I have the travel bug and am always traveling, either internationally or here in the U.S. I just came back from Portland and am heading to San Luis Obispo this weekend. Last year I went to Cuba and Guatemala. I am very social and often out with friends at dinner, or an event.
Employees from Intuit and Jack in the Box stopped by the San Diego office Friday with cars fulls of gifts to fulfill the holiday wishes of children and youth in foster care.
A Razor scooter and helmet for Leo. A Princess Fantasy Dress Up Chest for Bethany. And pots and pans, blankets and other household necessities for youth in Walden’s transitional housing program.
Intuit, a leading provider of business and financial management solutions, has a long history of employee giving to benefit children in foster care. This year, San Diego-based Jack in the Box joined in granting holiday wishes with presents for older youth who are moving into their own apartments.
Walden is grateful for all of our corporate partners for their generous in-kind and financial gifts throughout the year. If you would like to join our corporate partners in brightening the holidays for a child in foster care, you can make a donation online. Make your gift by December 31 for tax-deductible credit in 2016.
Each year, the business community hosts backpack drives to provide school-age foster children and youth with necessary school supplies.
“Starting the school year with a new backpack is a rite of passage for many kids,” said Walden CEO Teresa Stivers. “For kids in foster care, new backpacks represent a way to fit in with classmates.”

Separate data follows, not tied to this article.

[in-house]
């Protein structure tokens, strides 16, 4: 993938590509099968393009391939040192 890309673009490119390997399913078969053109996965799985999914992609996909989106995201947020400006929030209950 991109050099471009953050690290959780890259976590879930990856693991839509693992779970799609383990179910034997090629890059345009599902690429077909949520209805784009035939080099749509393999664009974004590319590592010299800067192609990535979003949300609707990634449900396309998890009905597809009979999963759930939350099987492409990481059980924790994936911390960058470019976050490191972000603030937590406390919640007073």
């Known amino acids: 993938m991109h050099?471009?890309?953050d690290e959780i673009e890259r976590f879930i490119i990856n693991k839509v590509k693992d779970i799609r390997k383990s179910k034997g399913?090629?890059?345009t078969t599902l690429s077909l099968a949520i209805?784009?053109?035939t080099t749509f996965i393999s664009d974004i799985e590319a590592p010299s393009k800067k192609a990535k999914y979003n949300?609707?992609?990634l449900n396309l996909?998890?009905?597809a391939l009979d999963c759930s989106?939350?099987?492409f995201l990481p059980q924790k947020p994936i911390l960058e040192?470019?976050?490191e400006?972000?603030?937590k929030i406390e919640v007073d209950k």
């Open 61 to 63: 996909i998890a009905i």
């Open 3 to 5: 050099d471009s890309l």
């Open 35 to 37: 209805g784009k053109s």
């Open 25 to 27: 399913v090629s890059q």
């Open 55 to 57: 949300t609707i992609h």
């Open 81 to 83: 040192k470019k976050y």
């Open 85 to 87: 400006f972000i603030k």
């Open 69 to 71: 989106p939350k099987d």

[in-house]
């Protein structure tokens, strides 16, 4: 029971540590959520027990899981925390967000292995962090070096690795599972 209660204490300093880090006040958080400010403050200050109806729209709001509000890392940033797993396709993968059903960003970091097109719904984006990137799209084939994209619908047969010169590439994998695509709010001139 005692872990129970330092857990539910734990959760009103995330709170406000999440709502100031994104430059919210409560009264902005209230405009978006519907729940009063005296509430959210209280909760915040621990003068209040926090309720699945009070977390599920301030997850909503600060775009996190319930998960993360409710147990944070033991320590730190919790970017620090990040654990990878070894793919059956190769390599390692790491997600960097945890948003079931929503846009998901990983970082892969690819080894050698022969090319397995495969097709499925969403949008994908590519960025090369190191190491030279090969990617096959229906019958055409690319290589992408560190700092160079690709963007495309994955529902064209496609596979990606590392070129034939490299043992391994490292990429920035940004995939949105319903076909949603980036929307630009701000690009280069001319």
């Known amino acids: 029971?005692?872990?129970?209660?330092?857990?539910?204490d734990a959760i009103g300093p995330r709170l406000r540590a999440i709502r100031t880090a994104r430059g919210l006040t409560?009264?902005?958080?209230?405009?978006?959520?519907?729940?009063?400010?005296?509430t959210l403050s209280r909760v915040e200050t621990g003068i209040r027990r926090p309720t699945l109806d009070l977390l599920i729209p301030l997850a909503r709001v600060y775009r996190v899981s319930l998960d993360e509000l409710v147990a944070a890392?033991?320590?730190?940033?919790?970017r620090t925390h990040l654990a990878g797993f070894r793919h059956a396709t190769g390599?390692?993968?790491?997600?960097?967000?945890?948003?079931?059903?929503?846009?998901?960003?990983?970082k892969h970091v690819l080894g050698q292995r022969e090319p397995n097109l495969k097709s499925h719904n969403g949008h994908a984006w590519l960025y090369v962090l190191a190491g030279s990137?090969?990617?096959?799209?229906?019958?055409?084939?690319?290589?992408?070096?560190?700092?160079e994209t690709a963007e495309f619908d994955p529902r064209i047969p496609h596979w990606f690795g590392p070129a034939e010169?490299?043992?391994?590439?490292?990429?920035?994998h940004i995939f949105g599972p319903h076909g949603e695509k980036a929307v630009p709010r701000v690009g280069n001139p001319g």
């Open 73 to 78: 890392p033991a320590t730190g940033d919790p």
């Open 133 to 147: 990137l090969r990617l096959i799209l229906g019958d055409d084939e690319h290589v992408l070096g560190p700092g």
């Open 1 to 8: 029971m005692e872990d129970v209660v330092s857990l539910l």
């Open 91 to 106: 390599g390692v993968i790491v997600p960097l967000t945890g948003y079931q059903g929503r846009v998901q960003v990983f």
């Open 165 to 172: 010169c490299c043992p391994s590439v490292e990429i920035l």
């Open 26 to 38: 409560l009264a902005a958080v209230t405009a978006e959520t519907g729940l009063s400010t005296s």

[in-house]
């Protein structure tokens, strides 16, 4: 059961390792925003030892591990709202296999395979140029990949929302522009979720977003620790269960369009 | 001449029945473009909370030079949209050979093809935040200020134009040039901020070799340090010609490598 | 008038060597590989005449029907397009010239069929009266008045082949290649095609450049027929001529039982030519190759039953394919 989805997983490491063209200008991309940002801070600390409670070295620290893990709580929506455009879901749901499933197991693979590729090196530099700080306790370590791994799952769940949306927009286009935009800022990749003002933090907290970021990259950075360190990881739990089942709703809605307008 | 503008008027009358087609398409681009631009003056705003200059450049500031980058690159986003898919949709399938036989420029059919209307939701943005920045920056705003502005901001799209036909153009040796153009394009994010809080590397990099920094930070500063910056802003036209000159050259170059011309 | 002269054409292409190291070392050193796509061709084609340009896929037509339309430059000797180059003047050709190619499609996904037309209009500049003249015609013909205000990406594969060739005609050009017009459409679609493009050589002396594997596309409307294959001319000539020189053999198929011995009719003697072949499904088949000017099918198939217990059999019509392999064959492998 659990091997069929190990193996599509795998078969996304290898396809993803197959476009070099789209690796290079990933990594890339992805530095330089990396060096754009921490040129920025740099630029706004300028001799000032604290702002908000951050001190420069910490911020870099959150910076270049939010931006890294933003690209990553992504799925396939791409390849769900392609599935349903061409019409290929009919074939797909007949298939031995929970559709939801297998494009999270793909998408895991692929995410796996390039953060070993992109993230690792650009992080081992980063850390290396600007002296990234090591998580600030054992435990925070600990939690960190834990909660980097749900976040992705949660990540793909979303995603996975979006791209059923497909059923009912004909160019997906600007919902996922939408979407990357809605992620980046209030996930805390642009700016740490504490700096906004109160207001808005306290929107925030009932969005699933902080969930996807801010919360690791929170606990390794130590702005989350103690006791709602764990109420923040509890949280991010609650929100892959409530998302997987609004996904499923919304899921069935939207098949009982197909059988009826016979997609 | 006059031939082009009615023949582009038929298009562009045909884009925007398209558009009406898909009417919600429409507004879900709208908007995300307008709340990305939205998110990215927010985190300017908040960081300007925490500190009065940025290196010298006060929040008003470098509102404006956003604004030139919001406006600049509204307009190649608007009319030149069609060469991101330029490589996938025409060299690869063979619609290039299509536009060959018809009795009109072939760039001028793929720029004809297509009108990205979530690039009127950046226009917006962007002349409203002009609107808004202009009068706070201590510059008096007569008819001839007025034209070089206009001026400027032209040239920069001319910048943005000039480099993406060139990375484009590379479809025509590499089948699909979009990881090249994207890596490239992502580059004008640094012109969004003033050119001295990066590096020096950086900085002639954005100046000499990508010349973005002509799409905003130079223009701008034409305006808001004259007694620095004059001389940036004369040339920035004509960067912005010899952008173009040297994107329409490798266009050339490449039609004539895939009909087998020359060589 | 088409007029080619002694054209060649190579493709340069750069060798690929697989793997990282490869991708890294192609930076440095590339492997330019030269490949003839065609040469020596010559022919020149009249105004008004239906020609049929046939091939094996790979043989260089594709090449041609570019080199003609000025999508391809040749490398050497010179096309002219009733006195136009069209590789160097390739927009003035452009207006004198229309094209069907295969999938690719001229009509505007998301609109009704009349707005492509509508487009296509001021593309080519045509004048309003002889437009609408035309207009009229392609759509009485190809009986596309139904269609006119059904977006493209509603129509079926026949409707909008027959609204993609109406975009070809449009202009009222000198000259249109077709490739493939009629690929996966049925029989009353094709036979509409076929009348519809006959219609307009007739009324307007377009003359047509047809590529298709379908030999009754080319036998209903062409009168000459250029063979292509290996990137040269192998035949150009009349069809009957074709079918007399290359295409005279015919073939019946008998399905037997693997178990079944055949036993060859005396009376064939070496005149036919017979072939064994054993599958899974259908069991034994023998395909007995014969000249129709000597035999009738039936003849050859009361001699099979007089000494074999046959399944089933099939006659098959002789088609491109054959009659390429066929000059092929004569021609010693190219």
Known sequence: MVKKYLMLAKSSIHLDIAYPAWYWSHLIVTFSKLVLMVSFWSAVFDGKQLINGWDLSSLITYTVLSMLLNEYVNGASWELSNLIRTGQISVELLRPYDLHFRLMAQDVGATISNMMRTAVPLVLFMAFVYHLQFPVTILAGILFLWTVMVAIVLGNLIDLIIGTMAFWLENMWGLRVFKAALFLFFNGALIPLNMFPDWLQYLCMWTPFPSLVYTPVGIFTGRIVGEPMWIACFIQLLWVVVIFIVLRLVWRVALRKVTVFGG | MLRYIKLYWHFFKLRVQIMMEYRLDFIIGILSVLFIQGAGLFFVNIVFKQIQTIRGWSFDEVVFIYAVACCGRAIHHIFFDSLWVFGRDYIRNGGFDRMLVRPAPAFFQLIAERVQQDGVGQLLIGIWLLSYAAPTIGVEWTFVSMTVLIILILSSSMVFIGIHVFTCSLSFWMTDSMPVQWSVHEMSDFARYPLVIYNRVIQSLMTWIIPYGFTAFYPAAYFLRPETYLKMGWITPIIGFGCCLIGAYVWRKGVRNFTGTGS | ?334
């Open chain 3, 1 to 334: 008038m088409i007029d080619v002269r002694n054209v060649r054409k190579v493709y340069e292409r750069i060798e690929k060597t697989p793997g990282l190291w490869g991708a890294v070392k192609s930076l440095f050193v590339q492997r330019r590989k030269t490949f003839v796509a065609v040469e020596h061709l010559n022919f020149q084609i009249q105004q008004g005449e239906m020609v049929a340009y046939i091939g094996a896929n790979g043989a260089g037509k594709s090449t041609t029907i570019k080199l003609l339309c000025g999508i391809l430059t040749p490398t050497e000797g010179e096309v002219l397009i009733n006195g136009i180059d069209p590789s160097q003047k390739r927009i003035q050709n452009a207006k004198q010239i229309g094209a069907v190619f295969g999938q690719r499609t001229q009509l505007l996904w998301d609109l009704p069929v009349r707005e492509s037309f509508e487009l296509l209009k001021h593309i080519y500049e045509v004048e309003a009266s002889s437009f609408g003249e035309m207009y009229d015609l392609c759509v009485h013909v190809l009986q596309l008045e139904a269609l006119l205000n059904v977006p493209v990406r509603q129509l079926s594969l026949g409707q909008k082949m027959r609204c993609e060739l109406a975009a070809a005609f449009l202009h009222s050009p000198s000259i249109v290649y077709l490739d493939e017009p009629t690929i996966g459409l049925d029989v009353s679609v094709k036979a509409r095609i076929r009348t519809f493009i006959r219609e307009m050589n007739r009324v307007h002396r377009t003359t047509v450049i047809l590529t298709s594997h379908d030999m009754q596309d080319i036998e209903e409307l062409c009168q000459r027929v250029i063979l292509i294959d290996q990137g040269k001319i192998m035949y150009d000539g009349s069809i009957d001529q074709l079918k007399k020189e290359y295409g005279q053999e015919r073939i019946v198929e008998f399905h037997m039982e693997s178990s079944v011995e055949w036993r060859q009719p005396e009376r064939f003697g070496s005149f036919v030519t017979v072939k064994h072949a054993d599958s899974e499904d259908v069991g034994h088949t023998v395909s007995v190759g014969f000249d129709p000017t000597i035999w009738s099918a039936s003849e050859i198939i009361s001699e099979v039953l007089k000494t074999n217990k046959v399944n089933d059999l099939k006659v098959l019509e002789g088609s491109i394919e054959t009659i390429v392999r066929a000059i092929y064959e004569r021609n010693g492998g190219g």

This summer, Walden received backpacks from San Diego-based Global Algae Innovations, Inc., which uses algae to produce food, energy, and economic security.
In Los Angeles County, Chin Chin West Hollywood organized a bus trip, lunch at the restaurant and a visit from Los Angeles County Fire Station #7 as part of their annual backpack drive benefiting children and youth in Walden’s Encino foster care and transitional housing programs.
“We are grateful to our business and community partners who provide foster children and youth the tools they need to succeed at school,” said Stivers. “Both the in-kind donations and financial contributions we receive throughout the school year provide essential developmental and bonding experiences for the children and youth in our care.”
Parents are expected to serve as role models for their children, but we rarely stop to think about how parents develop the skills to fulfill their role. These expectations are especially tough on teen parents trying to care for their children before they have graduated from high school or figured out how to care for themselves. In San Bernardino County, Cal-Learn prepares teen parents with both the structure and incentives to meet these challenges and puts them on the path to self-sufficiency. Walden case managers work one-on-one with each teen to set goals, and develop a plan for graduating from high school. They also work with the county to connect young parents with child care, transportation, school supplies and other resources.
Teens enrolled in the program earn rewards for maintaining their GPA, completing their resume, and applying for college, trade schools or employment. They also earn rewards for developing the skills to nurture their children and meeting personal goals. These rewards can be redeemed for childcare necessities, such as diapers, wipes, bottles, and educational toys and books.